Haya Kinetic Kinetic Kinetic Atomic Atomic Kinetic Kinetic 5-2
Harry M. Atomic Atomic Atomic Atomic Kinetic Atomic Atomic 0-7
Lizzie Kinetic Kinetic Kinetic Kinetic Kinetic Atomic Atomic 4-3
Harry H. Atomic Atomic Kinetic Kinetic Atomic Kinetic Atomic 4-3
Hayley Kinetic Kinetic Kinetic Atomic Atomic Atomic 4-2
Gbemi Kinetic Kinetic Atomic Kinetic Kinetic 3-2
Lewis Atomic Atomic Atomic Atomic 0-4
Hannah Kinetic Kinetic Atomic 2-1
Ben Atomic Atomic 0-2
Mahamed Atomic 0-1

Series 3[edit]

Series 3 was initially expected to air in October 2012, but Sugar later announced on Twitter that it would be in November. Twelve candidates are taking part in the series and have been initially divided by gender as normal. The third series started on 1 November 2012 at 20:00 on BBC One.

Candidates[edit]

Candidate Original teams Age Hometown
Lucy Beauvallet Platinum 16 East Sussex
Navdeep Bual Platinum 16 Essex
Steven Cole Odyssey 17 Kent
Amy Corrigan Platinum 17 London
Maria Doran Platinum 17 Belfast, Northern Ireland
Maximillian "Max" Grodecki Odyssey 16 Kent
Patrick McDowell Odyssey 16 Merseyside
David Odhiambo Odyssey 17 Bedfordshire
Ashleigh Porter-Exley Platinum 17 South Yorkshire
Alice Smith Platinum 17 Leicestershire
Sean Spooner Odyssey 16 Northamptonshire
Andrew Tindall Odyssey 16 West Yorkshire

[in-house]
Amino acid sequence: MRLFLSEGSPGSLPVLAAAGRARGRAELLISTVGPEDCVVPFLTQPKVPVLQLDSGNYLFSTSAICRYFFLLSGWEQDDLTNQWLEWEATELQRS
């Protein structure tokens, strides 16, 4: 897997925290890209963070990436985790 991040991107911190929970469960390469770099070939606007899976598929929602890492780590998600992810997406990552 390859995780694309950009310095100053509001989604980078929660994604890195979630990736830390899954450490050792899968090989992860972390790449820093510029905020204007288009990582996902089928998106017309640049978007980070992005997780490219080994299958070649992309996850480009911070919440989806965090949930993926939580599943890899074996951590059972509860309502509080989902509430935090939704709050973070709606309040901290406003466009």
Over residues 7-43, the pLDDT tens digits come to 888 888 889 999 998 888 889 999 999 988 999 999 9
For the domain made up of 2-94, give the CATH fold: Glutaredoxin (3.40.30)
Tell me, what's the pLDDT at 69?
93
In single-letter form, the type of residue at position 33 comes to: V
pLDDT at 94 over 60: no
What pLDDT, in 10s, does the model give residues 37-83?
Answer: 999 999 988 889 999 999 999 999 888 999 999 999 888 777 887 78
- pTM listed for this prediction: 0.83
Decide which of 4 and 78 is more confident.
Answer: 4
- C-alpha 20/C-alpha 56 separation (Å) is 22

Episode summary[edit]

Week One [3.1][edit]

  • Platinum: Ashleigh (Project Manager), Maria, Amy, Navdeep, Lucy and Alice.
  • Odyssey: Patrick (Project Manager), David, Max, Andrew, Sean and Steven.
  • Task: To sort through discarded clothes and turn them into profit.
  • Result: Odyssey got off to a strong start, as team leader Patrick had a lot of experience in the fashion industry. However, as he was the only one on his team to know anything about it, he had to spend a lot of time telling the others what could sell, which left less time for him to lead the team. Patrick also designed a kimono/wetsuit, which drew customers to the stall, but failed to sell. Halfway through the day, Patrick made the decision to leave the shopping centre they were selling at to try their luck selling to retailers. They had little success doing this however, and had to resort to selling all their customized stock to one retailer for £40, losing nearly £100 on the cost of creating them. On the girls' team, Ashleigh led from the front and made firm decisions, but the clothes they chose did not sell as well as on the boys' team. Nonetheless, the sub-team at the shopping centre managed to attract many customers, and eventually the team made a profit of £453.36, while Odyssey made a profit of £330.37.
  • Winner: Platinum.
  • Reward: A speedboat trip on the Thames.
  • Brought into the boardroom: Patrick, David and Max.
  • Who gets fired: Max, for selling only £14 out of the team's £501 takings, devoting most of his time to stacking the stall despite fantastic academic qualifications with 11a* and because Lord Sugar felt he was "meant for better things".
  • Notes:
    • Patrick was heavily criticised for not being a strong leader, for wasting time designing a useless kimono/wetsuit and for making the decision to leave the shopping centre where they would have made more money. He was saved from firing because he was the only person in the team who understood the fashion industry at all and because Lord Sugar knew how difficult it was to the lead the first task, but warned that if Patrick appeared in the boardroom again, he may "not be as lenient".